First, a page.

A Mizzou Engineering student is conducting an internship this summer at Arm, a leading semiconductor and software design company. Specifically, Arun George Zachariah is designing frameworks to optimize the complex workloads involved in infrastructure research using multi-core Arm processors.
“I am able to do a deep dive into core systems at the architecture level,” he said. “That’s something I’ve never done — my research has been at the user space. It’s something I personally like because that’s where I believe the beauty of computer engineering lies. It’s pretty exciting.”
Zachariah is pursuing a PhD in computer science. His research intersects scalable systems design, data science and machine learning. He’s particularly interested in using his findings to further develop large-scale systems to enable rapid search and access to big data.
“Fast access to images and videos has a lot of real-world and multidisciplinary applications,” he said.
Zachariah is applying the work to pathology, allowing scientists to sort through and understand massive amounts of data from digital slides in a shorter amount of time.
“My internship has helped me go more in-depth into open-source tools and libraries and also helped me get into core systems design,” he said. “I intend to use the training and lessons I’ve learned to enable fast information retrieval. The experience and understanding of the finer aspects of systems would help me fine-tune and enhance my research.”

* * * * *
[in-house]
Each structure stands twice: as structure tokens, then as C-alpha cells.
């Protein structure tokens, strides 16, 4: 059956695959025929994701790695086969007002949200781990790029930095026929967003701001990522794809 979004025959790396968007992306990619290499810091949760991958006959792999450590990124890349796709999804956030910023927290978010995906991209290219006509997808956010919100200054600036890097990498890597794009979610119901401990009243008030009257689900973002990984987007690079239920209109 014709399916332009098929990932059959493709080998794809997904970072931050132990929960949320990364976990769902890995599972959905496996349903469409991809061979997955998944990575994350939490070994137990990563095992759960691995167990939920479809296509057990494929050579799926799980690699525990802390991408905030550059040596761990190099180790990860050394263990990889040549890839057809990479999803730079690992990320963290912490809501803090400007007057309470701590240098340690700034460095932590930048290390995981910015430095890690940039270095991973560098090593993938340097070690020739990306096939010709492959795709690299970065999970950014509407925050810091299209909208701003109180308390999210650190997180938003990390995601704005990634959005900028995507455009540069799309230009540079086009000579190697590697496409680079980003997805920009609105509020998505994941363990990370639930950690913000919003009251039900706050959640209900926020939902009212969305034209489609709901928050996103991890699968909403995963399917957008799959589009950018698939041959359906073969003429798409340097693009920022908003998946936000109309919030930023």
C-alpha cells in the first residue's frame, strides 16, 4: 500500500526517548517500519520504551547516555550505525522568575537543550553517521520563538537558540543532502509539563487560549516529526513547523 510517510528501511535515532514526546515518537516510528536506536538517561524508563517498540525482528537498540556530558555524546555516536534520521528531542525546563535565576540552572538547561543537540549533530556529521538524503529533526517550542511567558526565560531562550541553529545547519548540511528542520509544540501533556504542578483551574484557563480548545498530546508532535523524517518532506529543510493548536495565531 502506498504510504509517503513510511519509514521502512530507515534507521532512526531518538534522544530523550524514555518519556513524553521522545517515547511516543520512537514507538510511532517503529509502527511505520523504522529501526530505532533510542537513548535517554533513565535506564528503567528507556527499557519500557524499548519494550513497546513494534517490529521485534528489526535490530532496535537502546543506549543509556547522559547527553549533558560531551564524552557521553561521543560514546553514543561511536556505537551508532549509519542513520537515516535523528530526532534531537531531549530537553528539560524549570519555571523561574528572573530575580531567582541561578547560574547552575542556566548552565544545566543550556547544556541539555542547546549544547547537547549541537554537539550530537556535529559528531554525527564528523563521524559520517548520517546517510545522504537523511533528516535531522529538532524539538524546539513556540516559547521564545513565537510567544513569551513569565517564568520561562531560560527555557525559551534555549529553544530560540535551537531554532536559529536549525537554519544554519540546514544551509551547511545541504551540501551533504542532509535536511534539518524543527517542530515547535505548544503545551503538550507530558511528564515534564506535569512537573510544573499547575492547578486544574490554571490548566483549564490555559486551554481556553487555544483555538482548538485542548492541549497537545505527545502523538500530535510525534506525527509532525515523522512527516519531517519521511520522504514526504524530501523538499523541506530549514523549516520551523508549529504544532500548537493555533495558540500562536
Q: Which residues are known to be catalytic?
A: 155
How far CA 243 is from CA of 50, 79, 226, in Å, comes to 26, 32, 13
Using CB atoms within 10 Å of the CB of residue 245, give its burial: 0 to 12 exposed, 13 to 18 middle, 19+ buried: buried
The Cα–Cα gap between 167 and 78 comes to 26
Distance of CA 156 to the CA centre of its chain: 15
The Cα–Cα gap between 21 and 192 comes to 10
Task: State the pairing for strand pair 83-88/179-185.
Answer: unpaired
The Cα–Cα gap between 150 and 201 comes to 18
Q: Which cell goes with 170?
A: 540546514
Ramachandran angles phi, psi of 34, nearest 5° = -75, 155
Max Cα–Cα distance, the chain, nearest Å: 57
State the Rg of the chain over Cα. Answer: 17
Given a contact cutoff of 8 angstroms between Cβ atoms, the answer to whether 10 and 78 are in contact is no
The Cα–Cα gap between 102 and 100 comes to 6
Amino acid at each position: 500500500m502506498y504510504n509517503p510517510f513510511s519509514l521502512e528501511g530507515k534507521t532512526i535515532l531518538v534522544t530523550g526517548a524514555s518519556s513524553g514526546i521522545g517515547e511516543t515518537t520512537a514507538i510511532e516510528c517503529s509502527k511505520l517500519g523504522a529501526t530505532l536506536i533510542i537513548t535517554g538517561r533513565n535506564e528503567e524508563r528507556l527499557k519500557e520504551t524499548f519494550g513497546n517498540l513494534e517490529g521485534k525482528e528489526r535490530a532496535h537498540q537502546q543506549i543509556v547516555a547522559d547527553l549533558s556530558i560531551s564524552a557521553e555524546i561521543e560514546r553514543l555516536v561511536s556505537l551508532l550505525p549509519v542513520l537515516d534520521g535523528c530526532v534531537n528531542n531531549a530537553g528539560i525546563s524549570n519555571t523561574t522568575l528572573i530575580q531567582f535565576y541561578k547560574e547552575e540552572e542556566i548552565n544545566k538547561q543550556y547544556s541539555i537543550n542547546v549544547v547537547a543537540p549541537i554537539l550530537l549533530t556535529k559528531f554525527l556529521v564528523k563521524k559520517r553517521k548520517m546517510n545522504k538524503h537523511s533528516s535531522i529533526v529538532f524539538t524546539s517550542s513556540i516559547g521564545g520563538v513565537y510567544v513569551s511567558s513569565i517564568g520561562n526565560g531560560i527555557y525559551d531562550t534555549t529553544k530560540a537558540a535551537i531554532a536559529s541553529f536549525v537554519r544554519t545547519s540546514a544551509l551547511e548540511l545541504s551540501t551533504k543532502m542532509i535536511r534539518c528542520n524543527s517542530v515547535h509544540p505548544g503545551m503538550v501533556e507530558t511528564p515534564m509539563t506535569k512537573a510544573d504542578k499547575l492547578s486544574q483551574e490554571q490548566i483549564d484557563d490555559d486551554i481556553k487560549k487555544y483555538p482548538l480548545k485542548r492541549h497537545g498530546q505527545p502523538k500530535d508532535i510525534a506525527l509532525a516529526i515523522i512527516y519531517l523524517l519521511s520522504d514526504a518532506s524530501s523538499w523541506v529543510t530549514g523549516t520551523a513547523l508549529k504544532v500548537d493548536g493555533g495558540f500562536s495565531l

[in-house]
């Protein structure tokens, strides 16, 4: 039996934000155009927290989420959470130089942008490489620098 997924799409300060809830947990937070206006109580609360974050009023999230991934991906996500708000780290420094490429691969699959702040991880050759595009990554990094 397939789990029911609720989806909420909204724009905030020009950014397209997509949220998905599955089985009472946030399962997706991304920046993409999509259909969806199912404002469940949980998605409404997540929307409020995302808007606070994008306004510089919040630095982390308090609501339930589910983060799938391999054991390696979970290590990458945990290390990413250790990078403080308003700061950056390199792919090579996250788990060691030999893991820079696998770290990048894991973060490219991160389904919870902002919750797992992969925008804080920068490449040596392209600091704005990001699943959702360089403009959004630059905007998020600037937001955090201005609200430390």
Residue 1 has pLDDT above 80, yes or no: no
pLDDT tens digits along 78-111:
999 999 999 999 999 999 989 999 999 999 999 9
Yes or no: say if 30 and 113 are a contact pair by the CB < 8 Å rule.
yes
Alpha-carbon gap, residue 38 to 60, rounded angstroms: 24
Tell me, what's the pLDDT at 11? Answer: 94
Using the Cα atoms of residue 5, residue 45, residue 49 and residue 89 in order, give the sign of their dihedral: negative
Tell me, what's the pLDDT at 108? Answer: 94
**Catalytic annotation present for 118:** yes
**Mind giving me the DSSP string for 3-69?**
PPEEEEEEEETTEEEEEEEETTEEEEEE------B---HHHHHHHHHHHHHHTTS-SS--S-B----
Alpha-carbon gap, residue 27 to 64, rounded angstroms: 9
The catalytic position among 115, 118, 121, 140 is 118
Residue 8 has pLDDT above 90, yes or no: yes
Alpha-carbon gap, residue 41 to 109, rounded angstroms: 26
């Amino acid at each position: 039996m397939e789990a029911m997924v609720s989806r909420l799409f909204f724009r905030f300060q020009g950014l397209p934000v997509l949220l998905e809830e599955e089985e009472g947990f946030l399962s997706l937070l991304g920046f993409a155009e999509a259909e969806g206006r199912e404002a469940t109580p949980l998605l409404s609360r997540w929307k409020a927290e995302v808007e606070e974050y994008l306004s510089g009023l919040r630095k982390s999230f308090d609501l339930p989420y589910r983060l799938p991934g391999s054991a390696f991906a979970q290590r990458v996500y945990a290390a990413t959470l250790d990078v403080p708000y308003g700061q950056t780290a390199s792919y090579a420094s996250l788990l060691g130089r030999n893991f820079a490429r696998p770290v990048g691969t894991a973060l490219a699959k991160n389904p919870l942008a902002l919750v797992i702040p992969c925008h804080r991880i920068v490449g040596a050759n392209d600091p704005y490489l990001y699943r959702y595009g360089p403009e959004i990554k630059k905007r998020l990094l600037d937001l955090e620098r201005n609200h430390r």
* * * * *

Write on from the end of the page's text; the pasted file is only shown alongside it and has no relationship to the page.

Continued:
Mizzou, he said, prepared him for the Arm internship through coursework and collaborative research projects. In addition to working with pathology, he’s worked with genome sequence analysis, specifically studying COVID-19, and has helped predict energy consumption to try to help counter emissions and minimize carbon footprints.
“Mizzou has an environment that fosters collaborative research,” he said. “I’ve been involved with numerous interdisciplinary projects. I believe a university is more than just education, and my experience here has been very enriching.”
A passion for problem solving
Zachariah returned to academic after working as a technology analyst for more than five years. He also served as a consultant to Apple, during which time he became interested in research and discovered publications by Praveen Rao, an associate professor with joint appointments in Electrical Engineering & Computer Science and Health Management & Informatics.
Zachariah joined Rao’s lab, which at the time was located at the University of Missouri-Kansas City. When Rao took a position at Mizzou in 2020, Zachariah transferred with him.
Here, he’s also discovered a passion for teaching and training students. Now, Zachariah is hoping to enter academia as a tenured track assistant professor.
“I want to be involved with active research that helps the community”, he said. “The main goal is to understand the problems our community is facing and then attack them in a novel fashion to optimize research and make life easier.”